4: The Family Life of Enslaved People

What happened when Thomas Jefferson and other slaveholders tore apart the families they owned.

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Episode Notes

In Episode 4 of the History of American Slavery, hosts Rebecca Onion and Jamelle Bouie explore the shape of family life on the slave plantations of the late 18th and early 19th centuries. They make a case study of one famous plantation, Monticello, the Virginia estate owned by Thomas Jefferson. Then they take a closer look at how slavery tore families apart, and the emotional history of that trauma. They begin their conversation by remembering the life of Joseph Fossett (1780–1858), a Monticello blacksmith.
Upon Jefferson’s death, his last will and testament granted freedom to Fossett, but not to Fossett’s family. It would be 10 years before Joseph could reunite with his wife and 10 children.

Our guests this episode are:

Annette Gordon-Reed, professor of legal history at Harvard University. Read an excerpt of Gordon-Reed’s book The Hemingses of Monticello: An American Family.

Heather Andrea Williams, presidential professor and professor of Africana studies at the University of Pennsylvania. Read an excerpt of Williams’ book Help Me to Find My People: The African American Search for Family Lost in Slavery.

Who was Joseph Fossett?

In 1773, Thomas Jefferson inherited ownership of Elizabeth Hemings. Eventually, more than 75 of Elizabeth’s descendants lived at least part of their lives enslaved at Monticello, Jefferson’s Virginia plantation. One of these was Joseph Fossett, Elizabeth Hemings’ grandson, who was born in 1780.

It’s believed that Joseph’s father was William Fossett, one of Jefferson’s white employees. When Joseph was about 9 or 10 years old, Jefferson sold his mother, Mary Hemings, to a Charlottesville merchant, but he wasn’t willing to let Joseph go along with her. As it turned out, this wasn’t the last time that Jefferson’s sale of slaves would separate Fossett from his family.

By the time he was 14, Joseph Fossett was one of the more efficient boys working in Jefferson’s experimental nail-making factory. He then trained in smithing, ultimately rising to become the plantation’s blacksmith. An overseer described him as “a very fine workman” who “could do anything it was necessary to do with steel or iron.” Fossett was allowed to keep some of the money he earned at this job.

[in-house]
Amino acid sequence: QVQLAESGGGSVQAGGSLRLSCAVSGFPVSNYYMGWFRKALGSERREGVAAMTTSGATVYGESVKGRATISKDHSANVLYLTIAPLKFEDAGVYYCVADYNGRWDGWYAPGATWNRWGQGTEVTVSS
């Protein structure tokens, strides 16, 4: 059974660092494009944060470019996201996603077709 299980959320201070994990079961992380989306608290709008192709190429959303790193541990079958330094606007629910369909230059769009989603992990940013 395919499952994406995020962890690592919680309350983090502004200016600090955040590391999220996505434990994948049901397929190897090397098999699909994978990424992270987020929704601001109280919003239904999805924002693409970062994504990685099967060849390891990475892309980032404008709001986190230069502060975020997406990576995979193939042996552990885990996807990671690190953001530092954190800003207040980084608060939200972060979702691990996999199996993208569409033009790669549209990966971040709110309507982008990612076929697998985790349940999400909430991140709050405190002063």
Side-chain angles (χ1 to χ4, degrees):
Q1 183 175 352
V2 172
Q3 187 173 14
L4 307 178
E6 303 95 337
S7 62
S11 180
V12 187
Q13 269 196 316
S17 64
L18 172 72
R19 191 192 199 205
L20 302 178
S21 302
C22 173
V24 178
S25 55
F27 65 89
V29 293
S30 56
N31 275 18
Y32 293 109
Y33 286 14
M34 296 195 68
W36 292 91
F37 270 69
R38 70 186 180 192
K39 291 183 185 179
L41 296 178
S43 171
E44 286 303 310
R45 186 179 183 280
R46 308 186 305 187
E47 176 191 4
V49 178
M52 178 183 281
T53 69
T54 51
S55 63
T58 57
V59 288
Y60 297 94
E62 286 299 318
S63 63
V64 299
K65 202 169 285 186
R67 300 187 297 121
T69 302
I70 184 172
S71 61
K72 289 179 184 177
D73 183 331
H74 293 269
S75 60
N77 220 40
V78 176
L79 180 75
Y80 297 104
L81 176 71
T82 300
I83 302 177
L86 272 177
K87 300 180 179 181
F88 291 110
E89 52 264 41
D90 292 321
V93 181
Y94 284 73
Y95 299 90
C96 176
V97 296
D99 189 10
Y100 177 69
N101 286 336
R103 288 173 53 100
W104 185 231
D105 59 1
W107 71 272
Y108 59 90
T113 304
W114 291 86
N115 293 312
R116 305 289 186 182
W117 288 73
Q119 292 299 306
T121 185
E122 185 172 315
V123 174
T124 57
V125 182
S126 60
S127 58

He married Edith Hern in 1802; soon after, she was sent to Washington, D.C., to learn how to cook in the French style in Jefferson’s White House. In 1806, Fossett traveled to Washington to see his wife without permission. Jefferson objected, considering Joseph a fugitive and chastising him for the action. Joseph and Edith Fossett’s separation was to last until 1809, when Jefferson’s D.C. household rejoined the Monticello contingent in Virginia.

When Jefferson died in 1826, he freed only five enslaved people, including Fossett.
But most of Monticello’s slaves were sold to settle Jefferson’s considerable debts. This is how Joseph Fossett’s wife and 10 children came to be sold at public auction along with Jefferson’s furniture and farm equipment.

Joseph Fossett set up a blacksmith shop in Charlottesville. It would take him more than 10 years to earn the money he needed to buy back his wife, five children, and four grandchildren. The group moved to Ohio together in 1840.

Joseph Fossett died in Cincinnati in 1858.

Here are some of the links discussed in Episode 4:

• Thomas Jefferson on race, excerpted from Notes on the State of Virginia.
• Margaret Biser, who tweets as @AfAmHistFail, recently wrote for Vox about her experiences leading plantation tours.
• Wikipedia is a good starting point for learning more about the slave narratives recorded by the WPA in the 1930s.
• Learn more about the 1855 trial of Celia.
This haunting animation that maps the journeys of more than 15,000 slave ships.

About the Show

With the help of acclaimed historians and writers, Rebecca Onion and Jamelle Bouie explore the history of American slavery and examine how the institution came to shape our country’s politics, economy, and culture.

Don’t miss Rebecca and Jamelle’s follow-up podcast, Reconstruction.

This series was made possible by Slate Plus members. To help Slate make more projects like this, become a member now.

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